How is this possible? The researchers say traditional ways of measuring global trade produce the number but fail to reflect the complexities of global commerce where the design, manufacturing and assembly of products often involve several countries.
“A distorted picture” is the result, they say, one that exaggerates trade imbalances between nations.
Trade statistics in both countries consider the iPhone a Chinese export to the U.S., even though it is entirely designed and owned by a U.S. company, and is made largely of parts produced in several Asian and European countries. China’s contribution is the last step–assembling and shipping the phones.
So the entire $178.96 estimated wholesale cost of the shipped phone is credited to China, even though the value of the work performed by the Chinese workers at Hon Hai Precision Industry Co. accounts for just 3.6%, or $6.50, of the total, the researchers calculated in a report published this month.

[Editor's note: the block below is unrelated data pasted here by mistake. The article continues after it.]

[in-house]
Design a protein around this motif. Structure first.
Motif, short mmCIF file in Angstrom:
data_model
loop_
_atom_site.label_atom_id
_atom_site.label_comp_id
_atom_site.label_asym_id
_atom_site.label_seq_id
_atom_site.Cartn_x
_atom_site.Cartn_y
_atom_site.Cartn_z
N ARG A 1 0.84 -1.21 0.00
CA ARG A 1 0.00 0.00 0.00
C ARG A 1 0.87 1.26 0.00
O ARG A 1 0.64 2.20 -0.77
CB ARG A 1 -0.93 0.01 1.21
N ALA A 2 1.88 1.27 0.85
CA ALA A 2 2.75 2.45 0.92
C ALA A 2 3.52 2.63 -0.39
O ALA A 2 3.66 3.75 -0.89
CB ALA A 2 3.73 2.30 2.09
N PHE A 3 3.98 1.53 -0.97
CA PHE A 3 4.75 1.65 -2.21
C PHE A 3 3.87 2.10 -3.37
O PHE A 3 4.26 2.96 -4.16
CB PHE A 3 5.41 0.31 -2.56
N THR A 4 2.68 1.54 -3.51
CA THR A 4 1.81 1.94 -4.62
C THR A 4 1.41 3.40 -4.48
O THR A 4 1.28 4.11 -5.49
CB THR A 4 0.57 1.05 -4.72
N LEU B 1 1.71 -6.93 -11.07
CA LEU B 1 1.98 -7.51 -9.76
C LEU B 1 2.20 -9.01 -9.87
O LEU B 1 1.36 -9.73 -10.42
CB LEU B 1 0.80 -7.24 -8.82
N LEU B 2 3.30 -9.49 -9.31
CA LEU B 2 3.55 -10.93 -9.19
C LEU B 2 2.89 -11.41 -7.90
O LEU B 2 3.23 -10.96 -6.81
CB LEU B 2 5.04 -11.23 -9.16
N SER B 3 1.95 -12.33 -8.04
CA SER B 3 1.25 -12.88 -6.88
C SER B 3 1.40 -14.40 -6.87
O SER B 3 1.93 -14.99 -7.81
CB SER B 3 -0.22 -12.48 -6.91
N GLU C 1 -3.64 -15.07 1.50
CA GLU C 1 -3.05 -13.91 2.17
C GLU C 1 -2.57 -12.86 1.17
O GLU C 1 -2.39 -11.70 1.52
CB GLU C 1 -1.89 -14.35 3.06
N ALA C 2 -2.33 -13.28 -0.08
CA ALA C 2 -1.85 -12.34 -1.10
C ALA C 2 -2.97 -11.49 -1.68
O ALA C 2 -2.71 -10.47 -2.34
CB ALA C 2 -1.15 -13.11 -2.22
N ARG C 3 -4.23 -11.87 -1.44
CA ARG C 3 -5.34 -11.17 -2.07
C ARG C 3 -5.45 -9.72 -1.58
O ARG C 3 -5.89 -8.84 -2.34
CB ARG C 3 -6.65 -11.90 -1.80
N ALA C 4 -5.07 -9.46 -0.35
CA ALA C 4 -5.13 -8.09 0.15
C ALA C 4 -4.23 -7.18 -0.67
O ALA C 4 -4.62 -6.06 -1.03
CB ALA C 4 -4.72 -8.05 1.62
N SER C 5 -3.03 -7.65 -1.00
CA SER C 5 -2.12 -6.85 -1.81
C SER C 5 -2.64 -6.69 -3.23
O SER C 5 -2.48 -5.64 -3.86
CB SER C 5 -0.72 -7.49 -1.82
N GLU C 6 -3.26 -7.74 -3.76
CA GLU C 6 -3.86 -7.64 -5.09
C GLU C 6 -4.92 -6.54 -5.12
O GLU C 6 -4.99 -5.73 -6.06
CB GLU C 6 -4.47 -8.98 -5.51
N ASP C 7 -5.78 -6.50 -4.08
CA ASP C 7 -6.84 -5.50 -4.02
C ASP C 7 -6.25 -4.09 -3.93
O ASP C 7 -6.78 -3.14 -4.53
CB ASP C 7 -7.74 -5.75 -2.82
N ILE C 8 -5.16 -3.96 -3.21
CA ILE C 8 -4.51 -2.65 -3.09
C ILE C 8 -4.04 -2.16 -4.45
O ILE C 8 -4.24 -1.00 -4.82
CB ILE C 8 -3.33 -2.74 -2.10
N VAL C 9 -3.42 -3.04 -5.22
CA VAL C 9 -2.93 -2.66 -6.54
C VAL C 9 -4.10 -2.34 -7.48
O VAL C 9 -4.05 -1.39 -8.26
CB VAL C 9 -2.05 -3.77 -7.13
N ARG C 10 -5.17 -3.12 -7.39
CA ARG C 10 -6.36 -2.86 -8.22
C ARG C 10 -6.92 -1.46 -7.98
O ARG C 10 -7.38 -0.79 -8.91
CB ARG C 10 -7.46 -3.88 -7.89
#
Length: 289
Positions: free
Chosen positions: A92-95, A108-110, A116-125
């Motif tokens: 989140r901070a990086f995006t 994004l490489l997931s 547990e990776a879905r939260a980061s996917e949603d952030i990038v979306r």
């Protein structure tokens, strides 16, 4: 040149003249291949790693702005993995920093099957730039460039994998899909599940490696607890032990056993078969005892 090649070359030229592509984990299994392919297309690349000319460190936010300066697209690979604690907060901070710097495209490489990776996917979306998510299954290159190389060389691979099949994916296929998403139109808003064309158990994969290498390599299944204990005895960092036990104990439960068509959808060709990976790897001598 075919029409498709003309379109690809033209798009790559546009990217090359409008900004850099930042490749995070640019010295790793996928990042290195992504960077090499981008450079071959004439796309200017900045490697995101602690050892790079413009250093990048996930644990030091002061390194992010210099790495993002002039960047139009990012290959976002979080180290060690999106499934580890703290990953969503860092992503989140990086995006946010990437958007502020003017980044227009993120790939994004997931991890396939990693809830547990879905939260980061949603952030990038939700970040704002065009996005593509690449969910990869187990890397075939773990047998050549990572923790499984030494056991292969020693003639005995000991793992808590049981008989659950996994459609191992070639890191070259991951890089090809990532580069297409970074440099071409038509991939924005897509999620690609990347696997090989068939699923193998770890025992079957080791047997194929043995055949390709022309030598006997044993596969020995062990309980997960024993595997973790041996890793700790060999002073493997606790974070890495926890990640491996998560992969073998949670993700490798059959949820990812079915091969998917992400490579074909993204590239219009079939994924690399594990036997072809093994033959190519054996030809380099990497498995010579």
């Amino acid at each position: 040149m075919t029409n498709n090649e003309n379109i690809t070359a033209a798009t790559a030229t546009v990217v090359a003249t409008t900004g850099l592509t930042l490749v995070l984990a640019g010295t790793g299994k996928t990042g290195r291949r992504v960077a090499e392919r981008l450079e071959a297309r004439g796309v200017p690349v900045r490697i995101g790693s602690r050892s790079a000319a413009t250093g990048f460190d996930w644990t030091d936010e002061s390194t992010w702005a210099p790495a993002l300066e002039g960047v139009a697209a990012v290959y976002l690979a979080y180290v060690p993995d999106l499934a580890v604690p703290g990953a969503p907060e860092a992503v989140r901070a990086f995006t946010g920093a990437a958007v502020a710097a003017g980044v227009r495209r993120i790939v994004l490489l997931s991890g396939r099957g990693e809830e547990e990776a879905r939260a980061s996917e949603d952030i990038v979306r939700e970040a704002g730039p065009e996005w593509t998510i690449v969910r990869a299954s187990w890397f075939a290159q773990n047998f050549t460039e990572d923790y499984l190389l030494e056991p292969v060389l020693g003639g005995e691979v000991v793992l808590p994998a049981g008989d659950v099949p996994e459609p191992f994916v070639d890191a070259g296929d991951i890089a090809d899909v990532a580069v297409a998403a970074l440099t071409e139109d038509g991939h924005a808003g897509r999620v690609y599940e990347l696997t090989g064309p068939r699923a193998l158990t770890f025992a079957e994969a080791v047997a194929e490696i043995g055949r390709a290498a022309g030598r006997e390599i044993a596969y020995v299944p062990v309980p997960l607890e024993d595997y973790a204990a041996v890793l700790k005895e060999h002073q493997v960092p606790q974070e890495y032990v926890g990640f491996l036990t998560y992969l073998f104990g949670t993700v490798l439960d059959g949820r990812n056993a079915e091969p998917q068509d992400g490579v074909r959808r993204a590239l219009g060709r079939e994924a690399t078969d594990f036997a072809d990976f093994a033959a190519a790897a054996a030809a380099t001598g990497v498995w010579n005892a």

For the full story, see:
ANDREW BATSON. “Not Really ‘Made in China’; The iPhone’s Complex Supply Chain Highlights Problems With Trade Statistics.” The Wall Street Journal (Thurs., December 16, 2010): B1 & B2.
(Note: ellipsis added.)
(Note: the online version of the article is dated DECEMBER 15, 2010nd that were not in the print version.)

The research report breaking down iPhone costs by country is:

Xing, Yuqing, and Neal Detert. “How the Iphone Widens the United States Trade Deficit with the People’s Republic of China.” ADBI Working Paper Series, no. 257, December 2010.

Supervising a Talented Inventor

(p. 180) Anyone who has ever supervised a talented subordinate with a tendency to set his own priorities will find Watt’s letters familiar: “I wish William could be brought to do as we do, to mind the business in hand, and let such as Symington [William Symington, the builder of the Charlotte Dundas, one of the world’s first steam-engine boats] and Sadler [James Sadler, balloonist and inventor of a table steam engine] throw away their time and money, hunting shadows.”